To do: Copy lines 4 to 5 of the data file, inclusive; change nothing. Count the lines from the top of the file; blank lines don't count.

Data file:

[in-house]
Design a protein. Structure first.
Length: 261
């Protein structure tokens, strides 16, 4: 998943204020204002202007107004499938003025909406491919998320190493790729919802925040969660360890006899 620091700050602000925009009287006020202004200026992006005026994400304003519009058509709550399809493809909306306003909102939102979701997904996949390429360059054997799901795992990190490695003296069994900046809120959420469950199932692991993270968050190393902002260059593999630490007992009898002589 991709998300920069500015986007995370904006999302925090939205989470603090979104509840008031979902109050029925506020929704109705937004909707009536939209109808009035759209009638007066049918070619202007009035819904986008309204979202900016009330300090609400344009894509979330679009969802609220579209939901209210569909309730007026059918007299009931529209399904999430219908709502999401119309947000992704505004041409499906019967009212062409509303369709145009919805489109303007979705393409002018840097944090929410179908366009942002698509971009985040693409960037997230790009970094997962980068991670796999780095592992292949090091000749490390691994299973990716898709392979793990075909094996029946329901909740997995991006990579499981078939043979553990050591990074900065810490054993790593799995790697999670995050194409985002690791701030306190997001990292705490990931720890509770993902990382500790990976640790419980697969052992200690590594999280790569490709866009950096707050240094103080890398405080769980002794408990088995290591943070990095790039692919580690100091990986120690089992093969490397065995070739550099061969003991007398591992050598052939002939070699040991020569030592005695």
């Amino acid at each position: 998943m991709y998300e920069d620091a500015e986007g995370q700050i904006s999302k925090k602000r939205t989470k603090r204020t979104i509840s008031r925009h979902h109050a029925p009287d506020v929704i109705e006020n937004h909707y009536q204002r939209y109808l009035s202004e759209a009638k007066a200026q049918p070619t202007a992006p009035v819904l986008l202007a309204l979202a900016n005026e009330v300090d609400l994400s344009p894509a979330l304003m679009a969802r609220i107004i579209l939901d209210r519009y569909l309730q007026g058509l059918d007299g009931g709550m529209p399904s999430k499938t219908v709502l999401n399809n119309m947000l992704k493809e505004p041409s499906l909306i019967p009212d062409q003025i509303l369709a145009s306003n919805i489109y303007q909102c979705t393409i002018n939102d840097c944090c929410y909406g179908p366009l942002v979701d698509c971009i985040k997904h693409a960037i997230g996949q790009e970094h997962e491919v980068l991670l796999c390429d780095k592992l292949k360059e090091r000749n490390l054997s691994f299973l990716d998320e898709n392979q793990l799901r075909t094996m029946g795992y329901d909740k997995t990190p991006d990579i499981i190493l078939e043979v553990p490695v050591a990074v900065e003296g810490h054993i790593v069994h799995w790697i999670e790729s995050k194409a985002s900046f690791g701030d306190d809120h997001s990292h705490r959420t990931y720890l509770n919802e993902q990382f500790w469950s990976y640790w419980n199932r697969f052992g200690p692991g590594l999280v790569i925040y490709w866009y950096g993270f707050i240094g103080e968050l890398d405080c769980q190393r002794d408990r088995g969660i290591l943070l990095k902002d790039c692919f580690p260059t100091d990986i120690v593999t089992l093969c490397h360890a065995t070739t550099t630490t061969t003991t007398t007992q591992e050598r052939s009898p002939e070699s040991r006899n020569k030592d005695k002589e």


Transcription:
């Protein structure tokens, strides 16, 4: 998943204020204002202007107004499938003025909406491919998320190493790729919802925040969660360890006899 620091700050602000925009009287006020202004200026992006005026994400304003519009058509709550399809493809909306306003909102939102979701997904996949390429360059054997799901795992990190490695003296069994900046809120959420469950199932692991993270968050190393902002260059593999630490007992009898002589 991709998300920069500015986007995370904006999302925090939205989470603090979104509840008031979902109050029925506020929704109705937004909707009536939209109808009035759209009638007066049918070619202007009035819904986008309204979202900016009330300090609400344009894509979330679009969802609220579209939901209210569909309730007026059918007299009931529209399904999430219908709502999401119309947000992704505004041409499906019967009212062409509303369709145009919805489109303007979705393409002018840097944090929410179908366009942002698509971009985040693409960037997230790009970094997962980068991670796999780095592992292949090091000749490390691994299973990716898709392979793990075909094996029946329901909740997995991006990579499981078939043979553990050591990074900065810490054993790593799995790697999670995050194409985002690791701030306190997001990292705490990931720890509770993902990382500790990976640790419980697969052992200690590594999280790569490709866009950096707050240094103080890398405080769980002794408990088995290591943070990095790039692919580690100091990986120690089992093969490397065995070739550099061969003991007398591992050598052939002939070699040991020569030592005695």
């Amino acid at each position: 998943m991709y998300e920069d620091a500015e986007g995370q700050i904006s999302k925090k602000r939205t989470k603090r204020t979104i509840s008031r925009h979902h109050a029925p009287d506020v929704i109705e006020n937004h909707y009536q204002r939209y109808l009035s202004e759209a009638k007066a200026q049918p070619t202007a992006p009035v819904l986008l202007a309204l979202a900016n005026e009330v300090d609400l994400s344009p894509a979330l304003m679009a969802r609220i107004i579209l939901d209210r519009y569909l309730q007026g058509l059918d007299g009931g709550m529209p399904s999430k499938t219908v709502l999401n399809n119309m947000l992704k493809e505004p041409s499906l909306i019967p009212d062409q003025i509303l369709a145009s306003n919805i489109y303007q909102c979705t393409i002018n939102d840097c944090c929410y909406g179908p366009l942002v979701d698509c971009i985040k997904h693409a960037i997230g996949q790009e970094h997962e491919v980068l991670l796999c390429d780095k592992l292949k360059e090091r000749n490390l054997s691994f299973l990716d998320e898709n392979q793990l799901r075909t094996m029946g795992y329901d909740k997995t990190p991006d990579i499981i190493l078939e043979v553990p490695v050591a990074v900065e003296g810490h054993i790593v069994h799995w790697i999670e790729s995050k194409a985002s900046f690791g701030d306190d809120h997001s990292h705490r959420t990931y720890l509770n919802e993902q990382f500790w469950s990976y640790w419980n199932r697969f052992g200690p692991g590594l999280v790569i925040y490709w866009y950096g993270f707050i240094g103080e968050l890398d405080c769980q190393r002794d408990r088995g969660i290591l943070l990095k902002d790039c692919f580690p260059t100091d990986i120690v593999t089992l093969c490397h360890a065995t070739t550099t630490t061969t003991t007398t007992q591992e050598r052939s009898p002939e070699s040991r006899n020569k030592d005695k002589e």